Vaccination helps to protect against monkeypox when given before or shortly after an exposure. There are two monkeypox vaccines currently available in the United States via the Strategic National Stockpile.
At this time, the federal government has allocated a limited number of JYNNEOS vaccine doses to Californians. The California Department of Public Health is working with the Centers for Disease Control and Local Health Departments to make these doses available to protect against monkeypox. JYNNEOS is licensed for adults 18 years and over. It is administered as a two dose injection series in the upper arm at least four weeks apart. Most people who receive the JYNNEOS vaccine have only minor reactions such as pain, redness, swelling and itching at the injection site. Less commonly, people also may experience muscle pain, headache, fatigue (tiredness), nausea, chills, and fever.
The CDC advises that people who have been exposed to monkeypox be given the vaccine to prevent them from developing the disease. This is called post-exposure prophylaxis or PEP. PEP is most effective at preventing monkeypox if the vaccine is administered within 4 days of exposure. If given between 4–14 days after the date of exposure, vaccination may help reduce symptoms, but may not prevent the infection from developing.
At this time, the JYNNEOS vaccine is being prioritized for the following groups:
Post-Exposure Prophylaxis (PEP) for known close contacts of monkeypox cases who are identified by public health via case investigation, contact tracing, and risk exposure assessments.
Post-Exposure Prophylaxis (PEP)++ for individuals with certain risk factors who are more likely to have been recently exposed to monkeypox even if they have not had documented exposure to someone with confirmed monkeypox, such as people who attended an event or venue where there was known monkeypox exposure.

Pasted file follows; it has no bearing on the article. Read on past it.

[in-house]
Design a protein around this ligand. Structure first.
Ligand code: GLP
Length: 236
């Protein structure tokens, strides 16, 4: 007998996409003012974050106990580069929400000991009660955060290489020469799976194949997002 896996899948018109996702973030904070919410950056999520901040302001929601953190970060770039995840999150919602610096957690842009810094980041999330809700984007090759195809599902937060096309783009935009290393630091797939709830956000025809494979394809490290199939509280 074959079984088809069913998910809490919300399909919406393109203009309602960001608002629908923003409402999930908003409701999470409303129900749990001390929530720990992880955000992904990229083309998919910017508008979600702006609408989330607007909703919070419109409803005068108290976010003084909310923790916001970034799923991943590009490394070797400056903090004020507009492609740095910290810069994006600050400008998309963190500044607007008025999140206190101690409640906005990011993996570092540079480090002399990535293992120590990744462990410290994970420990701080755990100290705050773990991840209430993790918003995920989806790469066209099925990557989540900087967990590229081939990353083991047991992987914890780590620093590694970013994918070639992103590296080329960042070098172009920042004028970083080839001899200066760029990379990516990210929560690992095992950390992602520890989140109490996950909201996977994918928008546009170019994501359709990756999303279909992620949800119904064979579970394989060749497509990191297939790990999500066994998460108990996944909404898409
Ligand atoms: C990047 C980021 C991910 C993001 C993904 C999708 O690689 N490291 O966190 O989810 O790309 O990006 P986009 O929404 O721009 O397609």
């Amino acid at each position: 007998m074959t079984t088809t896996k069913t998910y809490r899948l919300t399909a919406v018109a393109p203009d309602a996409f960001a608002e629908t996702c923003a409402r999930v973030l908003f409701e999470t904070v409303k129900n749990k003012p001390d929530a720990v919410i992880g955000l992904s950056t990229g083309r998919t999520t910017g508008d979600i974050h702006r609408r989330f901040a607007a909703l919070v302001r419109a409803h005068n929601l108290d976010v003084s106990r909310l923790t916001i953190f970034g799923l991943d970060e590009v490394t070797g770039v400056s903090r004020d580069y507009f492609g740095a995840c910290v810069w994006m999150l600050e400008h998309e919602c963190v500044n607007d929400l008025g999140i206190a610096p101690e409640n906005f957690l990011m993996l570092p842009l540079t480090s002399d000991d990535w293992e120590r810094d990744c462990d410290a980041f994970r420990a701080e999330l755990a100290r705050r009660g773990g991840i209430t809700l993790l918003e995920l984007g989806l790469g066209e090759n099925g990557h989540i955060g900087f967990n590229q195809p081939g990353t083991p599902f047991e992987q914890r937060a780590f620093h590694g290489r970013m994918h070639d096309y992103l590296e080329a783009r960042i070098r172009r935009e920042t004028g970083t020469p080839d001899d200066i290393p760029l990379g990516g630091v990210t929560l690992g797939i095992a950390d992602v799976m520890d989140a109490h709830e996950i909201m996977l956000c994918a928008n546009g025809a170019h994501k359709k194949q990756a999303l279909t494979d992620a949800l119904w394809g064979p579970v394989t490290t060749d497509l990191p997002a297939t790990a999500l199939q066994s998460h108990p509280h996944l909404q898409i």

Pre-Exposure Prophylaxis (PrEP) for individuals at occupational risk of monkeypox according to Advisory Committee on Immunization Practices (ACIP) guidance, including: laboratory workers who perform monkeypox testing, and clinical and public health workers who collect monkeypox specimens.
On July 19, California sent a letter to the Centers for Disease Control and Prevention outlining a request for additional doses of vaccine. Additional doses will eventually allow for expansion of vaccination efforts to include PrEP to other individuals, including gay, bisexual, trans and other men who have sex with men who are at high risk of monkeypox exposure.
Stay up to date on the latest information regarding vaccine strategies for monkeypox.
Vaccine Resources for the General Public:
Vaccine Resources for Healthcare Providers:
Vaccine Resources for Local Health Departments:
Monkeypox Allocation at Local Health Jurisdictions (as of August 2, 2022)
Allocation numbers are updated on Tuesdays.
Table 1. CDPH and LA County Vaccine Allocation by Phase
|Los Angeles County
Note: Doses for Los Angeles County are allocated separately by CDC
Table 2. Number
of JYNNEOS vaccine doses allocated to, and received by, Local Health Jurisdictions
as of 8/16/2022
|San Luis Obispo||40||40|
* Distributed doses have been sent or received by the respective jurisdiction
** Pasadena and Long Beach included in Los Angeles allocation
† CDPH remaining reserve doses not yet allocated